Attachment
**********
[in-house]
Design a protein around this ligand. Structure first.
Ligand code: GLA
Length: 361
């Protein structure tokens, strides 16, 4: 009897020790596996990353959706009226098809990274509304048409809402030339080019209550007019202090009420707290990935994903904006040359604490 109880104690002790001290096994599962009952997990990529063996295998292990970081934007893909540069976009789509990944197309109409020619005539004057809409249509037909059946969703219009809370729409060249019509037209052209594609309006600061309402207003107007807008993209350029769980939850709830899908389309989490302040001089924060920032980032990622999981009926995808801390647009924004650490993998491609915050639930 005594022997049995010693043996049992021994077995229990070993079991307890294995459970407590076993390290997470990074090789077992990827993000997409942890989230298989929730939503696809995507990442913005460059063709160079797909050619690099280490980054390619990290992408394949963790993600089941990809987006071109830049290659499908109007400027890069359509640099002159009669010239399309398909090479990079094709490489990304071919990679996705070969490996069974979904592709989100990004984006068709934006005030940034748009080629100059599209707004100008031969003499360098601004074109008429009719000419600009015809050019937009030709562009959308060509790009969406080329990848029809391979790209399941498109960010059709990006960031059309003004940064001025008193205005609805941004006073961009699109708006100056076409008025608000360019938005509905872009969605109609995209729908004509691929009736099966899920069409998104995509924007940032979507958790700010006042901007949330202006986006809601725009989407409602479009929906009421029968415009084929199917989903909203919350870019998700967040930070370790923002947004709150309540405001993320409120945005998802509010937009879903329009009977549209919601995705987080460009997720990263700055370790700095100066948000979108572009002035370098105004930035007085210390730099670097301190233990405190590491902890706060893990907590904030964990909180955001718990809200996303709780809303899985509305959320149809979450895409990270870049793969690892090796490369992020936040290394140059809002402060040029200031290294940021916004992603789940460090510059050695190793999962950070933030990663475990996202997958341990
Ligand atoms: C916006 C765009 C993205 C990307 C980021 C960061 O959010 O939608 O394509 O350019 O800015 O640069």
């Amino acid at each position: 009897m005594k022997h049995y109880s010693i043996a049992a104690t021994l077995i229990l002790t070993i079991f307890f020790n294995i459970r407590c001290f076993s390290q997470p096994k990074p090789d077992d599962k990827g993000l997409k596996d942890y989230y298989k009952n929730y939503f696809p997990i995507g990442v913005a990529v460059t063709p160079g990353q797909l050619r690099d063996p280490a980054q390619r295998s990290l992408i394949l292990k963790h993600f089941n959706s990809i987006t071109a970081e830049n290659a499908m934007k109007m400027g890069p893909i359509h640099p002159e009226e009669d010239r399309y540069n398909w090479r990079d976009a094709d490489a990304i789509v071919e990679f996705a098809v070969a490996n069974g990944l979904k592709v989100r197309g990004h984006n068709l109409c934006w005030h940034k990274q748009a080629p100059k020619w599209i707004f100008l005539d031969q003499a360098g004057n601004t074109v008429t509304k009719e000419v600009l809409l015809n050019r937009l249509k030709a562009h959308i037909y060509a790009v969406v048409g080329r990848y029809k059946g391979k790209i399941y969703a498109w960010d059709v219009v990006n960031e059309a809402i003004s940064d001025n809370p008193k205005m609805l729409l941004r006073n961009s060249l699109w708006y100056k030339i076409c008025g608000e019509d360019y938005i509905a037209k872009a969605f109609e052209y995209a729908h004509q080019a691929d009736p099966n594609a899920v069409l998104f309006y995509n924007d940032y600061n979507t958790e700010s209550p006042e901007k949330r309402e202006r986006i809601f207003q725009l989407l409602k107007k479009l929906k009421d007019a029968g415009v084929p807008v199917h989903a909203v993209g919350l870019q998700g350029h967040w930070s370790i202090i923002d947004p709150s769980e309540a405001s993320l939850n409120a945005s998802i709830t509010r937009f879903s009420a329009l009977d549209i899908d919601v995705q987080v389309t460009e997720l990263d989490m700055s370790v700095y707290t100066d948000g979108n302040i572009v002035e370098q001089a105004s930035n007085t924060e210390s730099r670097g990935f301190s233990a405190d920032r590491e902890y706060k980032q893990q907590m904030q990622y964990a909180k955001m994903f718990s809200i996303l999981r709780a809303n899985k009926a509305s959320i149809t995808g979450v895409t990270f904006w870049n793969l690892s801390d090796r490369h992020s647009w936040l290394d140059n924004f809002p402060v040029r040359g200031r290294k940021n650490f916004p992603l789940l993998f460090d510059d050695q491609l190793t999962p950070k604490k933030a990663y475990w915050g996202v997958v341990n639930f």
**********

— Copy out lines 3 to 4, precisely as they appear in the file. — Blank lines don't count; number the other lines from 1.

Ligand code: GLA
Length: 361